Read these, they are your personal bill of rights:
2. I have the right to. say no to requests or demands I can’t meet.
3. I have the right to express all of my feelings, positive or negative.
4. I have the right to change my mind.
5. I have the right to make mistakes and not have to be perfect.
6. I have the right to follow my own values and standards.
7. I have the right to say no to anything when I feel I am not ready, it is unsafe or it violates my values.
8. I have the right to determine my own priorities.
9. I have the right not to be responsible for others’ behavior, actions, feelings or problems
10. I have the right to expect honesty from others.
11. I have the right to be angry at someone I love.
12. I have the right to be uniquely myself.
13. I have the right to feel scared and say ‘1’m afraid.”
14. I have the right to say ‘1 don’t know.
15. I have the right not to give excuses or reasons for my behavior.
16. I have the right to make decisions based on my feelings.
17. I have the right to my own needs for personal space and time.
18. I have the right to be playful and frivolous.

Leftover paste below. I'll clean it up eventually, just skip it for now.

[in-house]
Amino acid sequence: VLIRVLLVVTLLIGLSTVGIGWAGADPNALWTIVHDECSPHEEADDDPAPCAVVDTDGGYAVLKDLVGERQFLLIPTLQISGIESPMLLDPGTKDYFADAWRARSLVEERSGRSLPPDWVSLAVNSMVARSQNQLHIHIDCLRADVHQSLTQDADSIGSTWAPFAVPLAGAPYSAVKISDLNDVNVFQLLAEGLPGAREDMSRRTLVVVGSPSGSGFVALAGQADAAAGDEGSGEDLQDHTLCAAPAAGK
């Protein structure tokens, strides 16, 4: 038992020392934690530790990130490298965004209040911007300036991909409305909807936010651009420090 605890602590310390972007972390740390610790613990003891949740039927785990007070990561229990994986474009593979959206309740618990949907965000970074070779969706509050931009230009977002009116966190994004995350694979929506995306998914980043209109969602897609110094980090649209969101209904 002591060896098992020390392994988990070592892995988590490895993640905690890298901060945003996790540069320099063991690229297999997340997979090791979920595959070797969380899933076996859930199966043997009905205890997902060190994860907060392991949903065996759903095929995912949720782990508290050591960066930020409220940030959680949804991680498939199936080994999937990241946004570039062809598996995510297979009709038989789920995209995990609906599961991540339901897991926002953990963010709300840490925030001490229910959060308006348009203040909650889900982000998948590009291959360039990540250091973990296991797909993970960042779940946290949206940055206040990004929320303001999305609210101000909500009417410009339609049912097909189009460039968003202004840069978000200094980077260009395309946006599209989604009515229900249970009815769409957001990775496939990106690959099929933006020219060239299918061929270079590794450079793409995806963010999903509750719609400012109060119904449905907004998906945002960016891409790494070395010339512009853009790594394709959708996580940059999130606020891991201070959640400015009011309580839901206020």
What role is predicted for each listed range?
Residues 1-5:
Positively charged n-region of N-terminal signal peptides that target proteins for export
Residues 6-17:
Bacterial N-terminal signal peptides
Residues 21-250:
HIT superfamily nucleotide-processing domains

19. I have the right to be healthier than those around me.
20. I have the right to be in a nonabusive environment.
21. I have the right to make friends and be comfortable around people.
22. I have the right to change and grow.
23. I have the right to have my needs and wants respected by others
24. I have the right to be treated with dignity and respect
25. I have the right to be happy.
And to see how I use it as a parent replace “I” with “my child.”
…and then to take it one step further to make sure no one is forgotten… Try reading it like this:
Voila. A manual not only for parenting, but for life too. Simple as that (I kid, of course).
Because it’s never that simple here are some instructions for how to use this tool:
- Print the list out and post it somewhere you will see it daily
- Read it (to yourself is fine, out loud is even better) at least once daily
- Pick two or three that stand out to you first and take note (over the course of a few days or a week) of the ways they play out in your life (these are probably the rights that you exercise most freely now)
- Pick the two or three that seem least interesting to you and start looking for the places where they show up in your life (I’d be willing to bet that these are the ones you need the most work on
- Take them one at a time (start wherever you want–the strongest, the weakest, top to bottom, whatever) and commit to learning how to practice (decide what it means to exercise each right… and then do it) them.
There, now it is simple. (ha ha)
The thing about parenting (um, life?) is that we don’t get to nor do we have to take credit or blame for the outcome. We can do our best, but our children (our lives?) will turn out to be whatever they turn out to be… and if we can love them completely for that (so they can love themselves) then we’ve done our jobs (ahem-in my opinion).
|this is an example of a person who knows he is loved.|